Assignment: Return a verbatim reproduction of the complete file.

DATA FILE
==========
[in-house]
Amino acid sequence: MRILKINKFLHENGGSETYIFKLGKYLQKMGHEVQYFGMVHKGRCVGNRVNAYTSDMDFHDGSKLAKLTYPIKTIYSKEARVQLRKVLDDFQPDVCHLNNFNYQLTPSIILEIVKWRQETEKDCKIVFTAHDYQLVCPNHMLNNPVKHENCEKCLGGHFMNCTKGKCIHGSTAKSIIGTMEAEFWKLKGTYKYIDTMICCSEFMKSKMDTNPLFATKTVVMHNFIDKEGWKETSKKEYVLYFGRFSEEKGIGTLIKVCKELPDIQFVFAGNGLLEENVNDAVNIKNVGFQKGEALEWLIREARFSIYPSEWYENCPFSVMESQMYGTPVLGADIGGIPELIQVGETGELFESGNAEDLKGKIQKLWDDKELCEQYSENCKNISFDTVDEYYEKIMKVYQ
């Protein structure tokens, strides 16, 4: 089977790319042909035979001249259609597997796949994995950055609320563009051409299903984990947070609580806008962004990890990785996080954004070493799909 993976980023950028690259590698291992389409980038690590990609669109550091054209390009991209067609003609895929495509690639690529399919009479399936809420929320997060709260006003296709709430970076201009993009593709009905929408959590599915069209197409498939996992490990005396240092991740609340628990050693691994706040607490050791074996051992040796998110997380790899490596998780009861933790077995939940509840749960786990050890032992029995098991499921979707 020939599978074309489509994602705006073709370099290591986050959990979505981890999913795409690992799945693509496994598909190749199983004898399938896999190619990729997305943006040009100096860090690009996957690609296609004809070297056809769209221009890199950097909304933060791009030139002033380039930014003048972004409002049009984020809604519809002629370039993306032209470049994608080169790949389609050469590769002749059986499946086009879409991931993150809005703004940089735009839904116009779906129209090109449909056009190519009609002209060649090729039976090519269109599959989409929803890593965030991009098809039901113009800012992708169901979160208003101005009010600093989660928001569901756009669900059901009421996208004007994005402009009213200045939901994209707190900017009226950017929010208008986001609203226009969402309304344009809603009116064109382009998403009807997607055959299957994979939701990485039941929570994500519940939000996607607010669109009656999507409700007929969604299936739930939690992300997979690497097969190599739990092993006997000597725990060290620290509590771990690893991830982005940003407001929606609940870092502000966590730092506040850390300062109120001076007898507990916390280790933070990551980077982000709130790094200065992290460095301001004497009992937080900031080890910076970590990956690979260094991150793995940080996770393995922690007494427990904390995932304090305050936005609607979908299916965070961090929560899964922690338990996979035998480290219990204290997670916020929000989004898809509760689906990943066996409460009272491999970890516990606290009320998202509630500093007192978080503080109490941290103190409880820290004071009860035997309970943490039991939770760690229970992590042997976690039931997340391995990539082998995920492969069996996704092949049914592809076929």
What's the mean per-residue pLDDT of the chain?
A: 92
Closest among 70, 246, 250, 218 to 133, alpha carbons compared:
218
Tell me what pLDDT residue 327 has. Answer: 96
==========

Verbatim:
[in-house]
Amino acid sequence: MRILKINKFLHENGGSETYIFKLGKYLQKMGHEVQYFGMVHKGRCVGNRVNAYTSDMDFHDGSKLAKLTYPIKTIYSKEARVQLRKVLDDFQPDVCHLNNFNYQLTPSIILEIVKWRQETEKDCKIVFTAHDYQLVCPNHMLNNPVKHENCEKCLGGHFMNCTKGKCIHGSTAKSIIGTMEAEFWKLKGTYKYIDTMICCSEFMKSKMDTNPLFATKTVVMHNFIDKEGWKETSKKEYVLYFGRFSEEKGIGTLIKVCKELPDIQFVFAGNGLLEENVNDAVNIKNVGFQKGEALEWLIREARFSIYPSEWYENCPFSVMESQMYGTPVLGADIGGIPELIQVGETGELFESGNAEDLKGKIQKLWDDKELCEQYSENCKNISFDTVDEYYEKIMKVYQ
């Protein structure tokens, strides 16, 4: 089977790319042909035979001249259609597997796949994995950055609320563009051409299903984990947070609580806008962004990890990785996080954004070493799909 993976980023950028690259590698291992389409980038690590990609669109550091054209390009991209067609003609895929495509690639690529399919009479399936809420929320997060709260006003296709709430970076201009993009593709009905929408959590599915069209197409498939996992490990005396240092991740609340628990050693691994706040607490050791074996051992040796998110997380790899490596998780009861933790077995939940509840749960786990050890032992029995098991499921979707 020939599978074309489509994602705006073709370099290591986050959990979505981890999913795409690992799945693509496994598909190749199983004898399938896999190619990729997305943006040009100096860090690009996957690609296609004809070297056809769209221009890199950097909304933060791009030139002033380039930014003048972004409002049009984020809604519809002629370039993306032209470049994608080169790949389609050469590769002749059986499946086009879409991931993150809005703004940089735009839904116009779906129209090109449909056009190519009609002209060649090729039976090519269109599959989409929803890593965030991009098809039901113009800012992708169901979160208003101005009010600093989660928001569901756009669900059901009421996208004007994005402009009213200045939901994209707190900017009226950017929010208008986001609203226009969402309304344009809603009116064109382009998403009807997607055959299957994979939701990485039941929570994500519940939000996607607010669109009656999507409700007929969604299936739930939690992300997979690497097969190599739990092993006997000597725990060290620290509590771990690893991830982005940003407001929606609940870092502000966590730092506040850390300062109120001076007898507990916390280790933070990551980077982000709130790094200065992290460095301001004497009992937080900031080890910076970590990956690979260094991150793995940080996770393995922690007494427990904390995932304090305050936005609607979908299916965070961090929560899964922690338990996979035998480290219990204290997670916020929000989004898809509760689906990943066996409460009272491999970890516990606290009320998202509630500093007192978080503080109490941290103190409880820290004071009860035997309970943490039991939770760690229970992590042997976690039931997340391995990539082998995920492969069996996704092949049914592809076929």
What's the mean per-residue pLDDT of the chain?
A: 92
Closest among 70, 246, 250, 218 to 133, alpha carbons compared:
218
Tell me what pLDDT residue 327 has. Answer: 96